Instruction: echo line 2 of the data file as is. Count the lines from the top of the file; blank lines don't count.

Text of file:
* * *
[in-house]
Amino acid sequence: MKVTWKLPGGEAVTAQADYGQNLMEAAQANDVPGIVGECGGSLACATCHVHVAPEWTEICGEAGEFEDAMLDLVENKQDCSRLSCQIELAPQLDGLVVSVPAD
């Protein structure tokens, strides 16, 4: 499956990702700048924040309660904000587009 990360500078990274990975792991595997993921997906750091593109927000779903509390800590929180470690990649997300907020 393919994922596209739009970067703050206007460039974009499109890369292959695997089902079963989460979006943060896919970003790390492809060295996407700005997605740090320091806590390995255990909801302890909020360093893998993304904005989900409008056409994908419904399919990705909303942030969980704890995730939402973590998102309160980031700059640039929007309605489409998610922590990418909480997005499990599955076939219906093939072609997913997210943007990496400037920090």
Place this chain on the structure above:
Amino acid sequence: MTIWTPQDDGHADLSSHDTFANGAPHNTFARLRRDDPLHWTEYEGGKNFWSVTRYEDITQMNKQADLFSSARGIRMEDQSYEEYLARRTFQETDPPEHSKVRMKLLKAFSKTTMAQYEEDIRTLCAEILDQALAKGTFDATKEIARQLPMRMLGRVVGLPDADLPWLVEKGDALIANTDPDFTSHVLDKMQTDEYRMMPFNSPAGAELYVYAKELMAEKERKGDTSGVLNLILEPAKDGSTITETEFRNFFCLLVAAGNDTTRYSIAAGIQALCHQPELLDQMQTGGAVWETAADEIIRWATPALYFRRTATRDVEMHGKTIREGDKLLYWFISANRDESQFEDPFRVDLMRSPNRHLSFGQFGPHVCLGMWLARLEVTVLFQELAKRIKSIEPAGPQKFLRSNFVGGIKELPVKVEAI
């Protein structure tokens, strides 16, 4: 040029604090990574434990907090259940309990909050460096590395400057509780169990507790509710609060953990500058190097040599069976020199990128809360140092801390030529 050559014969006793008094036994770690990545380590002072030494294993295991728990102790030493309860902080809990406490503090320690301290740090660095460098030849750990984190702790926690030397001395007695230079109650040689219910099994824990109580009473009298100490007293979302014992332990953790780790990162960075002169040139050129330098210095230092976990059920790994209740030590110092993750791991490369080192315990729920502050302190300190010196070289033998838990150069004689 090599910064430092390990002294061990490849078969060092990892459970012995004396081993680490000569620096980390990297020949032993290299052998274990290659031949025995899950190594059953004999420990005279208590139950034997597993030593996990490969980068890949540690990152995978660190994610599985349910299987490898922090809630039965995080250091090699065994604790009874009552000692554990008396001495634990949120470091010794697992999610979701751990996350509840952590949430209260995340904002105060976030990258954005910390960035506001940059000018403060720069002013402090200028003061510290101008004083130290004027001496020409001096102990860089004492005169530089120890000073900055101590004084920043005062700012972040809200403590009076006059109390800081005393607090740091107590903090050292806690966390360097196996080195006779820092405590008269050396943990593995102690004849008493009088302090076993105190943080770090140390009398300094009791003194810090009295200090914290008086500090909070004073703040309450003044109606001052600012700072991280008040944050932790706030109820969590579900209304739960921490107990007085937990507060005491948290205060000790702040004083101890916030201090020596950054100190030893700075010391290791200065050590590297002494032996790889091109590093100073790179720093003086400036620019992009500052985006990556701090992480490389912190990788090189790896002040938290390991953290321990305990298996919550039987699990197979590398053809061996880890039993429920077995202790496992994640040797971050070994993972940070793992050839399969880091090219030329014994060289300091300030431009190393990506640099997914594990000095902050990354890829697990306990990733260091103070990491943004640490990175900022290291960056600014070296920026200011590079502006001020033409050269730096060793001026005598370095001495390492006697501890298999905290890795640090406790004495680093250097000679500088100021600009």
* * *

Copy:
Amino acid sequence: MKVTWKLPGGEAVTAQADYGQNLMEAAQANDVPGIVGECGGSLACATCHVHVAPEWTEICGEAGEFEDAMLDLVENKQDCSRLSCQIELAPQLDGLVVSVPAD